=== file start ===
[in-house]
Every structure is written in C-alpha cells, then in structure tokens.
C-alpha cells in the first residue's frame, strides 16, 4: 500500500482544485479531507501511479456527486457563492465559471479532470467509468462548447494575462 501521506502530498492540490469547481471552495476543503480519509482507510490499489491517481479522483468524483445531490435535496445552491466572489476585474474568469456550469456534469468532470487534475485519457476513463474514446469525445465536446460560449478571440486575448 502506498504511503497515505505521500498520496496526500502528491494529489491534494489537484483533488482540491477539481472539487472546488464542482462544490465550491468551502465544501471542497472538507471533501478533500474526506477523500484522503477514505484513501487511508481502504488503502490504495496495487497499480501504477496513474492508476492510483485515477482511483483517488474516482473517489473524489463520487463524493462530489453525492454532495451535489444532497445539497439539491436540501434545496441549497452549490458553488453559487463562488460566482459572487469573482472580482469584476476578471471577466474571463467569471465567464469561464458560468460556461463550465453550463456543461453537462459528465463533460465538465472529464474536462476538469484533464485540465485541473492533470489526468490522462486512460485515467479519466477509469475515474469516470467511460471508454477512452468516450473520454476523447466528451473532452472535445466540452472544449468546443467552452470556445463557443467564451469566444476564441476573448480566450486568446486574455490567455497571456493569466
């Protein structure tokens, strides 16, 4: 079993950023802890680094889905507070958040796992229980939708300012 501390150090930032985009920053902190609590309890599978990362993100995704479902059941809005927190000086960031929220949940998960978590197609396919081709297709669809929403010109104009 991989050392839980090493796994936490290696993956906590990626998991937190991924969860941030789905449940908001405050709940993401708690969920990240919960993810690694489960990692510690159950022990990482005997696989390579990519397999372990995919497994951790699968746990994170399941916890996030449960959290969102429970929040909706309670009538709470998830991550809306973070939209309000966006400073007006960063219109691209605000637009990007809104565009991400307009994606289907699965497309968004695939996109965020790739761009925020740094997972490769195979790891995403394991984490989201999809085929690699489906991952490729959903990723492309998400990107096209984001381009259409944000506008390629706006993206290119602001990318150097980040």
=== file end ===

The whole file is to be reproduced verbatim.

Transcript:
[in-house]
Every structure is written in C-alpha cells, then in structure tokens.
C-alpha cells in the first residue's frame, strides 16, 4: 500500500482544485479531507501511479456527486457563492465559471479532470467509468462548447494575462 501521506502530498492540490469547481471552495476543503480519509482507510490499489491517481479522483468524483445531490435535496445552491466572489476585474474568469456550469456534469468532470487534475485519457476513463474514446469525445465536446460560449478571440486575448 502506498504511503497515505505521500498520496496526500502528491494529489491534494489537484483533488482540491477539481472539487472546488464542482462544490465550491468551502465544501471542497472538507471533501478533500474526506477523500484522503477514505484513501487511508481502504488503502490504495496495487497499480501504477496513474492508476492510483485515477482511483483517488474516482473517489473524489463520487463524493462530489453525492454532495451535489444532497445539497439539491436540501434545496441549497452549490458553488453559487463562488460566482459572487469573482472580482469584476476578471471577466474571463467569471465567464469561464458560468460556461463550465453550463456543461453537462459528465463533460465538465472529464474536462476538469484533464485540465485541473492533470489526468490522462486512460485515467479519466477509469475515474469516470467511460471508454477512452468516450473520454476523447466528451473532452472535445466540452472544449468546443467552452470556445463557443467564451469566444476564441476573448480566450486568446486574455490567455497571456493569466
């Protein structure tokens, strides 16, 4: 079993950023802890680094889905507070958040796992229980939708300012 501390150090930032985009920053902190609590309890599978990362993100995704479902059941809005927190000086960031929220949940998960978590197609396919081709297709669809929403010109104009 991989050392839980090493796994936490290696993956906590990626998991937190991924969860941030789905449940908001405050709940993401708690969920990240919960993810690694489960990692510690159950022990990482005997696989390579990519397999372990995919497994951790699968746990994170399941916890996030449960959290969102429970929040909706309670009538709470998830991550809306973070939209309000966006400073007006960063219109691209605000637009990007809104565009991400307009994606289907699965497309968004695939996109965020790739761009925020740094997972490769195979790891995403394991984490989201999809085929690699489906991952490729959903990723492309998400990107096209984001381009259409944000506008390629706006993206290119602001990318150097980040």